June 2018

The Epistle - LPC Newsletter

June 2018

It’s 2018: Do You Know How your Children Are?

Diane R. Ford - April 2018

Get this – 49.5% of adolescents had a mental disorder in 2016.

As we wrap-up our month of Mental Health Awareness, this Epistle has articles specifically related to mental health and teenagers.  Bring your questions and stories regarding mental health to church on June 3.  We will be welcoming guest speaker Jay Yudof, a certified psychiatric rehabilitation practitioner, to LPC that day.  In the pages that follow you will find a short bio about him, and more details of what to expect on June 3..

For the past several weeks I have been getting an education on various aspects of Mental Health.  My favorite term I’ve learned is one invented by Jay Yudof, “Mental Health Immunization.”  This is a term that includes the kind of work a faith community can participate in by being a safe, inclusive, joyful and loving home for all people.  One article I read was called the Statistics of Mental Illness in the United States (it is included in this Epistle and is renamed: “Prevalence of “Any” and “Serious” Mental Illness in the United States”).  If you read any of that article, do not miss the very last paragraph.  I was surprised by the statistics and wrote an email to Jay inquiring about it. This is what stunned me: 49.5% of adolescents had a mental disorder in 2016.  I have included parts of that article for you (next page), and then the emails that Jay and I exchanged regarding it.

The world has changed. Staying in-the-know is part of our stewardship and commitment to Christ.  We cannot serve and heal what we do not know. To heal a great portion of Americans, we need to Stomp out Stigma around mental illness.  We all have physical, spiritual and mental health.  Sometimes those parts of ourselves get sick.  Perhaps it’s a cold; perhaps it is an extended amount of time of grieving; perhaps it is a time of cold prayers and low faith.  It is all “normal” – though just to use that term assumes there is an “abnormal.”  Getting out of binary (black/white; good/bad; yes/no) thinking is one step toward becoming more fully human and therefore, more fully Christ’s Body in the World.


News about Jesus spread all over Syria, and people brought
to him all who were ill with various diseases, those
suffering severe pain, the demon-possessed, those
having seizures, and the paralyzed; and he healed them.
Matthew 4:24

In Faith with You,



Mental Health Sunday at LPC

June 3 during and after the 10:00 worship service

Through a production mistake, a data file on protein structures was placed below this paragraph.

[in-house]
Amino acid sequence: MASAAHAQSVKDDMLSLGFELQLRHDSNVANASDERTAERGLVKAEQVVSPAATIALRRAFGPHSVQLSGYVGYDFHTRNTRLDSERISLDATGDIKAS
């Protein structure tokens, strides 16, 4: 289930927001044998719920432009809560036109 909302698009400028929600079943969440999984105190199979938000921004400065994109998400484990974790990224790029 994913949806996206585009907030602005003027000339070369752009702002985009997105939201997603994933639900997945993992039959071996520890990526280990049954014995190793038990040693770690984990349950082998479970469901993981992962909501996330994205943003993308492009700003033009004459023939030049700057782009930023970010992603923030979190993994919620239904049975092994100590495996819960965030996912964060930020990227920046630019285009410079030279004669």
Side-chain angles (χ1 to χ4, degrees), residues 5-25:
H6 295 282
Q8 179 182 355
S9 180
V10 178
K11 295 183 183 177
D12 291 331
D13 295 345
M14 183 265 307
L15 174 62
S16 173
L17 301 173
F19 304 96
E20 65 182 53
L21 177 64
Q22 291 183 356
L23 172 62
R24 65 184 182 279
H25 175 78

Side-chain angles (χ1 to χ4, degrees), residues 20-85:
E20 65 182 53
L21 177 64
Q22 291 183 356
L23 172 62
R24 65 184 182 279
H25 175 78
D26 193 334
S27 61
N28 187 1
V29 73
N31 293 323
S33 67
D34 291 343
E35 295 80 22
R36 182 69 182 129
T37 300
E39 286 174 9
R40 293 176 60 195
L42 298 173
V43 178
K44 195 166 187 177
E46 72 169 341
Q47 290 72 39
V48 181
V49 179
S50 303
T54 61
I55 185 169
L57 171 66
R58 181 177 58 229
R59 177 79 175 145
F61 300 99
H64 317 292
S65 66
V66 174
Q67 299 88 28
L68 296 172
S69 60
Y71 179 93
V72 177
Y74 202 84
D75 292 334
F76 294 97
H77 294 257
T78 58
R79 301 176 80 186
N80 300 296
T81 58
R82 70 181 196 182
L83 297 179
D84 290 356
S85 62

Mental HealthJesus blew through stigmas in his day, and we too are called to do the work of stomping our stigma of mental illness. The morning will include three of our members sharing their own stories about how mental illness has affected their lives.  In addition, we are honored to have Jay Yudof from National Association of Mental Illness with us! Jay will speak to us during worship, and then give a 20-minute presentation after worship on the housing situation in for those living with serious mental illnesses.  Jay has a mountain of knowledge – bring someone to church who will benefit from this special morning at LPC.

Jay Yudof

Jay Yudof

Jay Yudof, M.S, Certified Psychiatric Rehabilitation Practitioner, serves as the Vice President of NAMI-Greater Monmouth, our local chapter of the National Alliance on Mental Illness. For the past 20 years, he has been active in efforts to help raise awareness of mental health recovery, reduce the discrimination faced by people with mental health issues, and improve our mental health service system. Within NAMI, Jay leads support groups, produces and maintains a recovery guidebook, and coordinates statewide outreach programs designed to reduce stigma and to help reduce health disparities faced by people dealing with ongoing mental health issues.


NAMI, the National Alliance on Mental Illness, is the nation’s largest grassroots mental health organization dedicated to building better lives for the millions of Americans affected by mental illness. NAMI advocates for access to services, treatment, supports and research and is steadfast in its commitment to raising awareness and building a community of hope for all of those in need. 

Visit NAMI Greater Monmouth’s Website



Prevalence of “Any” and “Serious” Mental Illness in the United States

Source – November 2017 —– Acquired May 2018